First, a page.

Australian investors have been able to buy Japanese commercial property, via the ASX, since 2004. As the REIT bubble began to form, Babcock & Brown Japan hit the boards in April 2005. It was followed by Rubicon Japan in October 2006 and Galileo Japan in December of the same year. I’ve been intrigued ever since.
All three sported distribution yields of 8-10%, high occupancy levels and interest coverage ratios of more than four times, implying conservative levels of debt by Australian standards. Commercial property in Japan yielded approximately 6% and the banks were willing to lend at interest rates as low as 2%, so it wasn’t too hard to work out where the high equity yields were coming from.
As an example, imagine a $100 property that you finance with $60 of debt and $40 of equity. You buy the property on a 6% cap rate so it produces $6 of income per year and you pay $1.20 to the bank in interest. That leaves $4.80 of income on a $40 investment, or a yield of 12% (of course, if it’s a Babcock & Brown vehicle, the fees turn 12% into 8%).
Pretty simple really, but the part that intrigued me was why?
Why did commercial property yield 6% in a country where interest rates, both short and long term, were close to zero. In Australia at the time, interest rates and cap rates were almost the same. Why would any rational Japanese investor put their money in the bank and earn nothing when they can buy commercial property and earn 6%?
At the time I parked the problem to one side. When investment banks are falling over themselves to flood the market with one particular product – in this case Japanese property – there’s no need to solve complicated problems. You are getting stitched up; ignore it.
When stock prices plunged in 2008 and 2009, though, I came back to the problem afresh. And what I discovered was interesting; owning leveraged property in a deflationary environment is a very different game.
In 1953, my immigrant grandparents bought a block of land in south west Sydney for £250. By the time they built a house they owed the bank £2,000 and were spending more than half of my grandfather’s wage on repaying the loan. By 1983 when they proudly made the final fortnightly payment, the $10 represented about 3% of his fortnightly salary. Inflation had eroded the amount of principle they owed and increased both their pay and the value of their house in nominal dollars.
Now think about what happens in a deflationary environment, where deflation is increasing the nominal value of the debt you owe the bank. If deflation persists, your rent will decline year after year. The value of your property will decline year after year. But the amount of debt and interest you pay will stay the same.
High initial yields made a lot more sense once I realised that they are only headed one way: down.
A former colleague of mine was working for an investment bank in Tokyo at the time and was able to send me a large amount of data on average commercial rents in Japan. As you would expect in a deflationary environment, over the past two decades rents had declined an average of almost 1% per annum.
So the $100 property used in the example earlier is worth only $90 after 10 years (assuming the same cap rate). The debt owed is still $60, so your equity is only worth $30. While the initial yield was high, your overall return has been eroded by a 25% decline in the nominal value of your investment.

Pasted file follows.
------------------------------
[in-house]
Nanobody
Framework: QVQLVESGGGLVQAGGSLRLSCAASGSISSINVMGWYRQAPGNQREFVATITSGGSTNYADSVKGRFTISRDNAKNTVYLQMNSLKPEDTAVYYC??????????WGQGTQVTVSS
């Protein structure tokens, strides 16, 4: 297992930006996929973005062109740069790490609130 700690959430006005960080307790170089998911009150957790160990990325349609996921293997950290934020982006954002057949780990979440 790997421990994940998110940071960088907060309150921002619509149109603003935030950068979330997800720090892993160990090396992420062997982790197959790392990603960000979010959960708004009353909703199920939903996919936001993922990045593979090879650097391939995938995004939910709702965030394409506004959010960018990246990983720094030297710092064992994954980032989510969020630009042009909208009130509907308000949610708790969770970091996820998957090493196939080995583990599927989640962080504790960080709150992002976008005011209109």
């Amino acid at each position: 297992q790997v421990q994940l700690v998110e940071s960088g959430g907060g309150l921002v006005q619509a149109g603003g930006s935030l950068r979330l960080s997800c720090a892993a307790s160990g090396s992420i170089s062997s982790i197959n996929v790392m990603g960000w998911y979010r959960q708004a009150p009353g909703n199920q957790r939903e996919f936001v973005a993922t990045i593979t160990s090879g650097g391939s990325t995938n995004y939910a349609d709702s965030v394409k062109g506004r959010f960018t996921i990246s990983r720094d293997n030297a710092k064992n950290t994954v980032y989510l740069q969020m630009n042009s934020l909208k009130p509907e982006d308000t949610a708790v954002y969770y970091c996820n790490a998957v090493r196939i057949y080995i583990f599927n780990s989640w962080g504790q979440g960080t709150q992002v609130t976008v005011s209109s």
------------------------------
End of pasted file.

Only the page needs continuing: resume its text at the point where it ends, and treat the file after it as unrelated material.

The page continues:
If you finance the asset with more debt, the initial yield will be higher but deflation will have a larger negative impact on your capital invested.
None of this means you can’t pick up a bargain. You just need to be wary of assuming the initial yield is sustainable.
We’ve been spending a bit of time on Babcock and Brown Japan, now known as Astro Japan Property Trust (Rubicon Japan is dead and Galileo Japan is close to it). At first glance it looks appealing. The trust, trading at half book value, looks to be generating enough income from conservatively geared properties* to return 20% per annum on the current share price. The banks, however, are no longer willing to lend interest only. They are asking for 1-2% of the loan balances to be repaid from operating cashflow, reducing the distributable cash to more like 10%. In a normal, inflationary environment, that principle repayment would simply translate to more equity tied up in the asset.
In Japan, though, this amortization is simply the banks requiring you to pay the real increase in the loan balance in cash. With an interest only facility in a deflationary environment, the banks end up with a much higher loan to value ratio at the end of the loan than the start. That increases the risk that they don’t get all of their money back. By requiring amortization on an annual basis, the loan deflates in proportion to the property value.
The good news for Astro owners is that the 10% should be a genuine sustainable yield. That’s not the greatest deal I’ve ever seen. But it’s not bad in a country where long-term interest rates are 1%. And it assumes deflation persists. If inflation returns, owning leveraged property assets is going to be a very profitable game.
*Astro owns interests in five separate pools of property. It looks as though it will lose two of those because the debt is unable to be refinanced. The loan to value ratio on the remainder is 61%.